House trap freezes

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Theodore

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My neighbor's main house trap in the basement is against an exterior wall, cast in a concrete bench about 1ft above the basement floor. Problem is, the house is on a steep hillside and the basement facade in question is exposed (from top to bottom) to the open, so when it gets really REALLY cold and there's no water flow for 12+/- hours (i.e. overnight), the trap freezes. In the past, he's tried to keep some water running to keep it from freezing. Or he gets out a heat gun and thaws it in the morning. I see no alternative other than some targeted demolition to break out the trap, replace it (because it will break during concrete demo) and keep it exposed to the basement air instead of encased in concrete, so it won't freeze. Of course, this runs the risk of chasing the pipe as you break the concrete and more pipe breaks along the way. The house is from the 1940s and the pipe is 6" diameter cast iron.
Any other suggestions?

Thanks
Theodore
 

Jeff H Young

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I suppose one thing Id recomend is verifying that a house trap is required by code on this particular job it might be legal to eliminate it
 

Jeff H Young

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Depends where in NY as NYC still requires a trap and outside the city line a trap is not required.
Or even if its in New York at all not that uncommon to find out later the job isnt in the same city or state as their tag lists. trap is buried in concrete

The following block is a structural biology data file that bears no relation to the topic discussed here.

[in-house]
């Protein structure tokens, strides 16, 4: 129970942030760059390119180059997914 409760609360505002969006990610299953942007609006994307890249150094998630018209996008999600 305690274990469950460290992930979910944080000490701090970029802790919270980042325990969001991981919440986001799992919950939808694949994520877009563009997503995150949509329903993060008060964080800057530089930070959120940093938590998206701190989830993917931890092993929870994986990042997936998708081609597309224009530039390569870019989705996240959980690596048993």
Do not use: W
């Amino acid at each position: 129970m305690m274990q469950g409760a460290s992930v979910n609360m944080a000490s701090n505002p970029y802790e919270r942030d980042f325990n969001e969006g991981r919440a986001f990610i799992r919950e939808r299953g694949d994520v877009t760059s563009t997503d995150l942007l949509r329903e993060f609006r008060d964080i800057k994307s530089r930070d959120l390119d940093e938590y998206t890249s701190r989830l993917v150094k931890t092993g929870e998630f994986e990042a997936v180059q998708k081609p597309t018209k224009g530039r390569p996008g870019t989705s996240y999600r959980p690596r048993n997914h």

Theodore

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Why not buy heat tape or a space heater or insulate the trap?
Trap and pipe to/from is currently encased in concrete bench against exterior wall (about 8" thick at its shallowest facade), so that won't work (without removing concrete encasement). Location is outside of NYC, septic tank system, so not prudent to permanently remove trap. I appreciate all the suggestions, though.
 

Jeff H Young

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Trap and pipe to/from is currently encased in concrete bench against exterior wall (about 8" thick at its shallowest facade), so that won't work (without removing concrete encasement). Location is outside of NYC, septic tank system, so not prudent to permanently remove trap. I appreciate all the suggestions, though.
What is the current purpose of your house trap other than it was once installed? If your code dosent require one (again I dont know whether all places "outside of NYC " have no reason to have one or not? but Id like to hear how its not prudent to remove?
 
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